Quebec City, Ottawa and Winnipeg are expected to double the species they have today in all climate scenarios, thanks to warmer and wetter conditions that will allow more cold-sensitive animals such as toads, turtles and ticks to move in.

Other cities that will see big gains include Edmonton, Montreal, Calgary and Toronto. 

Cities in the subtropical eastern parts of the United States and coastal California were expected to lose the most species.

Certain species are expected to move into more cities than others — like turtles, mice, toads, pelicans, winged insects, spiders and scorpions (though not in Canada, for the last kind).

While tick species were expected to decline in North American cities overall, they're predicted to make big gains in places like Ontario and Quebec, something that's already been seen with increases in the black-legged tick, which carries Lyme disease.

Filazzola said we may also see more mosquitoes, some of which are known carriers of diseases such as malaria, although he said it's unclear whether the disease would come with them.

He added that the Virginia opossum is another species that was rare in Ontario and Quebec until recently, but is now seen quite often. Opossums are sensitive to cold, as they don't hibernate, but have been expanding their range due to climate change and urbanization.

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Climate change could shift what animals we share our cities with, study suggests

The animals that we share our cities with could move due to climate change. A new Canadian study says pests like ticks and mosquitoes could be more prevalent, and critters like the blue jay may become less common.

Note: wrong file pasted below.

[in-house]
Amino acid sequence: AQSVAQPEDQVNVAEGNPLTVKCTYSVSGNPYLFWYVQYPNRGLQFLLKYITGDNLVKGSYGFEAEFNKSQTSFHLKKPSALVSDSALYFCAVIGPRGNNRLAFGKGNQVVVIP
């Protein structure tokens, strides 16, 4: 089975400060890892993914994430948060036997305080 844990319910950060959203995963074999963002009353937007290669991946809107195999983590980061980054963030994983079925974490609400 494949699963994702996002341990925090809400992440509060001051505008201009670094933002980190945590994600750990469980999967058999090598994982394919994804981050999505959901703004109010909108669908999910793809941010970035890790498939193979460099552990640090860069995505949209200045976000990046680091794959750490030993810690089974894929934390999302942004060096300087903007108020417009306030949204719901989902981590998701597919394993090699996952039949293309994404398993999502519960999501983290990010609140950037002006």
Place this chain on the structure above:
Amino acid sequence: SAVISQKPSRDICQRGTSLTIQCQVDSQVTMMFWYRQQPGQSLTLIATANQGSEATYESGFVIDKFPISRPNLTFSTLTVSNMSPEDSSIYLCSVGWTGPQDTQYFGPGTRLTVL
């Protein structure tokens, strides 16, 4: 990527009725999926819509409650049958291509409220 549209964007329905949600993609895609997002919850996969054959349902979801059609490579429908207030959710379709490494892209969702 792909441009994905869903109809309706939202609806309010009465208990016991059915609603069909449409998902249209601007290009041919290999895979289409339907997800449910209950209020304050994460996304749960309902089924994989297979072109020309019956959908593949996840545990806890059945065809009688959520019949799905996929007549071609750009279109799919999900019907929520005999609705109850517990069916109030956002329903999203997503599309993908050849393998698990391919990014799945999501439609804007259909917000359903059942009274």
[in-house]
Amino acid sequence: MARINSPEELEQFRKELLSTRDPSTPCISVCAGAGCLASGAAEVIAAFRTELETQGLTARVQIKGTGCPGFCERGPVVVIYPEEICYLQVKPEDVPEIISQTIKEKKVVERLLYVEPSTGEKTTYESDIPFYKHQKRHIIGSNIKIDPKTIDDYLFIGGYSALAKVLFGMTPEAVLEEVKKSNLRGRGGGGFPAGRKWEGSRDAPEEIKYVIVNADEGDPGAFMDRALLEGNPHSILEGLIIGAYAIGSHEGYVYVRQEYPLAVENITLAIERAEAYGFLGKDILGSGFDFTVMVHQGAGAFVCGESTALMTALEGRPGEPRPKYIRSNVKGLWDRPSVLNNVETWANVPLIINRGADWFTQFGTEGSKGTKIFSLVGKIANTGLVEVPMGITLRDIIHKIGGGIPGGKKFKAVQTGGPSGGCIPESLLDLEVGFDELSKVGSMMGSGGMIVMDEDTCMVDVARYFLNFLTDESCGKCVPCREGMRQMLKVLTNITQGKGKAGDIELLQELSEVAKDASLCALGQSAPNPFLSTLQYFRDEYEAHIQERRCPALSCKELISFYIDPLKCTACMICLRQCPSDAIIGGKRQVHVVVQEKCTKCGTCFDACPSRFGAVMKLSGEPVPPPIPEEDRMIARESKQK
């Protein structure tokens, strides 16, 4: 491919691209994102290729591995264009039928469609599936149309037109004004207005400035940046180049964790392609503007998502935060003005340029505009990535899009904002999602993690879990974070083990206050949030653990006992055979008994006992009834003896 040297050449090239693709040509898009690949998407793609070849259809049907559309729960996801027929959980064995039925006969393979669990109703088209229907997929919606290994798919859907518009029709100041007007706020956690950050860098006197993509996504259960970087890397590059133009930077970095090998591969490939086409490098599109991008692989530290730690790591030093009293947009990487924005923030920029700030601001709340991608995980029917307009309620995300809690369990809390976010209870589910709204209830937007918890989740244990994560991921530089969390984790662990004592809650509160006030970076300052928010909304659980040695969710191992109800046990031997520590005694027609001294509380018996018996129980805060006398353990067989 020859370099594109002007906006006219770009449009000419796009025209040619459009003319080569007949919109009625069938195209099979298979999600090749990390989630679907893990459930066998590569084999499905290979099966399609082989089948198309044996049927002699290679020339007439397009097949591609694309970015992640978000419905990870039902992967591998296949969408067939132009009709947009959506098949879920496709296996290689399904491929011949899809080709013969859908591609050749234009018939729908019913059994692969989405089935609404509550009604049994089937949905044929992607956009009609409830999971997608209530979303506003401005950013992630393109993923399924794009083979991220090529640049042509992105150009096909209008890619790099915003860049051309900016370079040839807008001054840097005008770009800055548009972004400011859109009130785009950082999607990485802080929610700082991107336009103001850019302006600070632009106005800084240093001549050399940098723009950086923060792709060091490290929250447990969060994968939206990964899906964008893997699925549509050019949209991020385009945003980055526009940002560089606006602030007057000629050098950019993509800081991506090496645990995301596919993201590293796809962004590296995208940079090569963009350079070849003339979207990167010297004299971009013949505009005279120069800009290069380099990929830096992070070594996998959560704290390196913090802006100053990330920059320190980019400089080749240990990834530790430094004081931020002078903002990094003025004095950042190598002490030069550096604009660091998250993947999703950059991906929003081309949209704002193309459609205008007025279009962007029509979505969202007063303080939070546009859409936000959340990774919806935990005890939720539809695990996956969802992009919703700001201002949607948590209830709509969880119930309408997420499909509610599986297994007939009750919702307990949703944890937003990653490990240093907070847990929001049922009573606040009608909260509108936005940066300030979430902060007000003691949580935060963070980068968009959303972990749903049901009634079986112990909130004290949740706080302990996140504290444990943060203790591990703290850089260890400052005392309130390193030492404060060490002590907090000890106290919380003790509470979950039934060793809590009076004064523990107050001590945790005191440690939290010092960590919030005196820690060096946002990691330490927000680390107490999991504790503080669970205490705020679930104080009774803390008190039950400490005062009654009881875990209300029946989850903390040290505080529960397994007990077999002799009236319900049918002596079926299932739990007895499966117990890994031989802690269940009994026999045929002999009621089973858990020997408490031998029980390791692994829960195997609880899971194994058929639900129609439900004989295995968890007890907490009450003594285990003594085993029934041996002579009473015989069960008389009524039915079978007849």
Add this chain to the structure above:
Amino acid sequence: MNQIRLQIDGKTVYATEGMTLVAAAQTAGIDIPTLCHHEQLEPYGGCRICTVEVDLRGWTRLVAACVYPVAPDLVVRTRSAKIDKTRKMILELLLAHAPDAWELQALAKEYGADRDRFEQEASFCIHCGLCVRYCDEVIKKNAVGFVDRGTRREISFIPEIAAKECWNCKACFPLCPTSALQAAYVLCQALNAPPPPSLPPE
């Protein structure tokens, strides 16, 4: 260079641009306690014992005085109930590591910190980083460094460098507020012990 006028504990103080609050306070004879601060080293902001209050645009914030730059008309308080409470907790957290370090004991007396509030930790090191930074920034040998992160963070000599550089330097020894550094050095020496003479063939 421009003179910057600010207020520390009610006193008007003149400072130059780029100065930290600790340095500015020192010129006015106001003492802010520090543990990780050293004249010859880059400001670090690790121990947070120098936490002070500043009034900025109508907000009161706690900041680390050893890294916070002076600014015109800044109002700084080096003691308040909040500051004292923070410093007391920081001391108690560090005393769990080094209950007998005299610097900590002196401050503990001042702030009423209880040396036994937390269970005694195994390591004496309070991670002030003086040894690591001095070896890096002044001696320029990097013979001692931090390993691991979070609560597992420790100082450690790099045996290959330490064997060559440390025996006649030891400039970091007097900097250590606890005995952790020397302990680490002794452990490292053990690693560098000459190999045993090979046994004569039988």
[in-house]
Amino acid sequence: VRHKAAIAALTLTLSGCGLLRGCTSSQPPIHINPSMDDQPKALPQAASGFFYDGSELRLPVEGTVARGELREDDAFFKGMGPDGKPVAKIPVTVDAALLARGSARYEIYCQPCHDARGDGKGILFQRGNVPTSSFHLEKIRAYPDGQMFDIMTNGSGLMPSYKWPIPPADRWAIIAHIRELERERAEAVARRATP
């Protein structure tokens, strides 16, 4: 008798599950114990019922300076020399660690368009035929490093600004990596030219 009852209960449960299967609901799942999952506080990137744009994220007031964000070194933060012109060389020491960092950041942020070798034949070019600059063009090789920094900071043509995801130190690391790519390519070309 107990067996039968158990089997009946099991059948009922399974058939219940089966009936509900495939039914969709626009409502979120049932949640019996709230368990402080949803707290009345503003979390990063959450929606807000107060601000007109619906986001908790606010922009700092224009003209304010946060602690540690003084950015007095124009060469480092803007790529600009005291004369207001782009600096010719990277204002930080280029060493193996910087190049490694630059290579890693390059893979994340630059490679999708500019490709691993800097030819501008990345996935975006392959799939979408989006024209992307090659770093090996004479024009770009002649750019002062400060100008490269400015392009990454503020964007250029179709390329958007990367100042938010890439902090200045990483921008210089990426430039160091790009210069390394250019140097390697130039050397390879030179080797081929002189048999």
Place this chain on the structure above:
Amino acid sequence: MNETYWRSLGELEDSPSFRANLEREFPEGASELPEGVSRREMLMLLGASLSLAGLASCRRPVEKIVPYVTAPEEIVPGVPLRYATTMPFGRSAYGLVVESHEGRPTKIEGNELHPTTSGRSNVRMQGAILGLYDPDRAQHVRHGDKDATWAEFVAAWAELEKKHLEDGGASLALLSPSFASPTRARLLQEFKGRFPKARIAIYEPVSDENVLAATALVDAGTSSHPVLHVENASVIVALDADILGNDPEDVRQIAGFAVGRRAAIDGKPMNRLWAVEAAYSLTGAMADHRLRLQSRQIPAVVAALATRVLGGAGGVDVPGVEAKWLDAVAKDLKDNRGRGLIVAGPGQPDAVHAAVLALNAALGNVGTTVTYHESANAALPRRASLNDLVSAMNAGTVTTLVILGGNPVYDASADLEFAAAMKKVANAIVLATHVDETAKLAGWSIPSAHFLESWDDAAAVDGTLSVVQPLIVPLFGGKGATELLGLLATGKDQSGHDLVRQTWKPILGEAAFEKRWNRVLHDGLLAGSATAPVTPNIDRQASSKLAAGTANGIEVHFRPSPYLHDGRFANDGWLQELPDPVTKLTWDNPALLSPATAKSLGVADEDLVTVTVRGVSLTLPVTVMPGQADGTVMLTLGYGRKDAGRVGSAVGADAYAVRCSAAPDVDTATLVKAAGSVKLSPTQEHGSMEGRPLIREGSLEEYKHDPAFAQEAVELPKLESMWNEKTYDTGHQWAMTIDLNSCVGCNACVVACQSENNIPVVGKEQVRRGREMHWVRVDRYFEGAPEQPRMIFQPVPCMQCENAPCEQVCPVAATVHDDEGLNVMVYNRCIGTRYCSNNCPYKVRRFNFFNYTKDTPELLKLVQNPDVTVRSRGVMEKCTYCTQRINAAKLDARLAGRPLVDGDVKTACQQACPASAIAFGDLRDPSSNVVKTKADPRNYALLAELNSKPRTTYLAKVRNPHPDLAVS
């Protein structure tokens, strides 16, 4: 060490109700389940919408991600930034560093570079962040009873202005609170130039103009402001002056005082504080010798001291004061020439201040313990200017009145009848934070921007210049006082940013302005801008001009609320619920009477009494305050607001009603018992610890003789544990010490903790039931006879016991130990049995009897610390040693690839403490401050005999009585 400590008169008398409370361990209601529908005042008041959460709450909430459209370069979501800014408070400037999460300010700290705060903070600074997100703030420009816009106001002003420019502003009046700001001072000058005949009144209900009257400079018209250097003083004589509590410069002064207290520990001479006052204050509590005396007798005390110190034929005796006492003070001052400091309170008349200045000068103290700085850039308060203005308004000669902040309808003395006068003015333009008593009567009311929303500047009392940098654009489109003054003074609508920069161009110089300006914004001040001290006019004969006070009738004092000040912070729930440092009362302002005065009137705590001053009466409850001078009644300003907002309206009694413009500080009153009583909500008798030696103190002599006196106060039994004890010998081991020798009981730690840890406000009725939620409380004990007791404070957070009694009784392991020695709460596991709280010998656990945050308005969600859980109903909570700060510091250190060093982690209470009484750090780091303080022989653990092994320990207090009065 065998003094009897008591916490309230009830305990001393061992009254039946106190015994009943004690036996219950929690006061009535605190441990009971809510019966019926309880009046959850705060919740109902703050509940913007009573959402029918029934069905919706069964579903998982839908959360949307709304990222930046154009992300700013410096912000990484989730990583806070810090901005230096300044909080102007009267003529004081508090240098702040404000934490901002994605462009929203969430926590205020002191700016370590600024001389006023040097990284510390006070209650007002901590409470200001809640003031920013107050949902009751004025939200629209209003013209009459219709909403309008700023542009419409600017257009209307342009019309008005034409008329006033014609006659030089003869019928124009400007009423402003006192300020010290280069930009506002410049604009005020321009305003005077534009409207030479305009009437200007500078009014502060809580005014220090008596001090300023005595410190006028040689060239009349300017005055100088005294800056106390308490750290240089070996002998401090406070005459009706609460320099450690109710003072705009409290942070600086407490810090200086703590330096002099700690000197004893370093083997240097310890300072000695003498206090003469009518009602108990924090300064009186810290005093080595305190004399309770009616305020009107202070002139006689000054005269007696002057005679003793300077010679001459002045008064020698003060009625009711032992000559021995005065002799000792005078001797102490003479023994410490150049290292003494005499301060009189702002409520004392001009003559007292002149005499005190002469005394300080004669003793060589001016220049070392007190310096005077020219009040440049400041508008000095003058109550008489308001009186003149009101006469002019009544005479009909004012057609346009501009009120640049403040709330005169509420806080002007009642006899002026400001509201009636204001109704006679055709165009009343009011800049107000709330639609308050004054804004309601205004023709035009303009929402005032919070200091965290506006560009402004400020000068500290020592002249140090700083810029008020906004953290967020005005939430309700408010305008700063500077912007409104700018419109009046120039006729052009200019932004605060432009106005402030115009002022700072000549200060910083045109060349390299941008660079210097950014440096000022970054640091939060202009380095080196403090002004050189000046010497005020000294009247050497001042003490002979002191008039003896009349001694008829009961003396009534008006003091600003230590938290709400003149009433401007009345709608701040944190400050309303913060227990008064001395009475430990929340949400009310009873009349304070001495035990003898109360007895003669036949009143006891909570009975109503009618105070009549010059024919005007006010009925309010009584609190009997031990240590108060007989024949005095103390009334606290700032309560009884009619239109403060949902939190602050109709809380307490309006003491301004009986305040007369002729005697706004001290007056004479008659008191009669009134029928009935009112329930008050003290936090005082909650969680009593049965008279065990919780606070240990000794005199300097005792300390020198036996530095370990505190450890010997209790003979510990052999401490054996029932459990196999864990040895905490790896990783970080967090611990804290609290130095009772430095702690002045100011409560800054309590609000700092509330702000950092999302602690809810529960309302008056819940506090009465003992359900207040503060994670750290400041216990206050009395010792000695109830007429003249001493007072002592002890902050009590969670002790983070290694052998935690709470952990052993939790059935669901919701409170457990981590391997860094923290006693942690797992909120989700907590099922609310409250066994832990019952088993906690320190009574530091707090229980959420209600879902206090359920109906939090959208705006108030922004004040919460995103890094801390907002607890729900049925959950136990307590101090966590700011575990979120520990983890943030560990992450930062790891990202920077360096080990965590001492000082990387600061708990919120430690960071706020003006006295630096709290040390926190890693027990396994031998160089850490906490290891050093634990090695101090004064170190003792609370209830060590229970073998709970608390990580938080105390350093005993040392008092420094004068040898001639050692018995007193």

What animals we could lose

Some animals will be found in fewer cities, including loons, wild dogs, stick insects and most amphibians other than toads, the study found.

And the blue jay that Filazzola first wondered about could be affected, too — he said they'll be less likely to be found in Toronto, though he couldn't say for sure.

In general, he said, the number of songbird species will stay roughly the same in most Canadian cities, but the types people see will change.

Filazzola expects people will feel the loss of those species as their numbers start to decline. 

"I live in a city," he said, noting that he recently moved to Guelph, Ont.

"All the nature that I interact with day to day where I walk my dog … is the nature that's within a couple kilometres of my house. So seeing any of that lost — or change, at least — will be hard."

What it means for humans and other species

Though changes were still present, the study found less of a shift in scenarios with less intense climate change.